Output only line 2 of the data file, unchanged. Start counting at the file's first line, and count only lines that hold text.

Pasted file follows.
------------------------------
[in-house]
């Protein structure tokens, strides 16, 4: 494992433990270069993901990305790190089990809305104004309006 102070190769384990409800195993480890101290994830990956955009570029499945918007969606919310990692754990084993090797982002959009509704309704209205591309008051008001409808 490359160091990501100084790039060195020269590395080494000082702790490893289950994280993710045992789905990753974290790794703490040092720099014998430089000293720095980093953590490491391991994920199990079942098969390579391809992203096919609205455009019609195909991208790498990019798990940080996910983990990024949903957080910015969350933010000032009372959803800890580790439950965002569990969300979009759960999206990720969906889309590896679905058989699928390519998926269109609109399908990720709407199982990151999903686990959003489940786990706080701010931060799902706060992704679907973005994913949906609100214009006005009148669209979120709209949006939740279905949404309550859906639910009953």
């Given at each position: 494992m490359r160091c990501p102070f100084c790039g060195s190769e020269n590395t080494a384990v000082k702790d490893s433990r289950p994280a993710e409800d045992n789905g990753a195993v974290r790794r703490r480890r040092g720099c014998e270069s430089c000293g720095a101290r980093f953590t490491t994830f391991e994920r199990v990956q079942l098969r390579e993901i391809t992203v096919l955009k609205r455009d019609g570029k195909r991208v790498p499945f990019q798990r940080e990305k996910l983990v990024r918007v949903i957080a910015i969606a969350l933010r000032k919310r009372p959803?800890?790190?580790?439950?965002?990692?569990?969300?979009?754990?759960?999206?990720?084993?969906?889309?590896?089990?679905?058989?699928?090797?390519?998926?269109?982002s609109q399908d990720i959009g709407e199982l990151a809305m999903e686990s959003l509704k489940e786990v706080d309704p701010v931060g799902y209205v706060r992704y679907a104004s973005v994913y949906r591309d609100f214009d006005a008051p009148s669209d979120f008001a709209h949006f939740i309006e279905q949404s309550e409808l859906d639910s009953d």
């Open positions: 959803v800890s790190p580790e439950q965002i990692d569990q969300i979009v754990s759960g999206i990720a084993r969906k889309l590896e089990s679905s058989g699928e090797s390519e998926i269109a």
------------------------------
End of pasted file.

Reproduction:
């Protein structure tokens, strides 16, 4: 494992433990270069993901990305790190089990809305104004309006 102070190769384990409800195993480890101290994830990956955009570029499945918007969606919310990692754990084993090797982002959009509704309704209205591309008051008001409808 490359160091990501100084790039060195020269590395080494000082702790490893289950994280993710045992789905990753974290790794703490040092720099014998430089000293720095980093953590490491391991994920199990079942098969390579391809992203096919609205455009019609195909991208790498990019798990940080996910983990990024949903957080910015969350933010000032009372959803800890580790439950965002569990969300979009759960999206990720969906889309590896679905058989699928390519998926269109609109399908990720709407199982990151999903686990959003489940786990706080701010931060799902706060992704679907973005994913949906609100214009006005009148669209979120709209949006939740279905949404309550859906639910009953």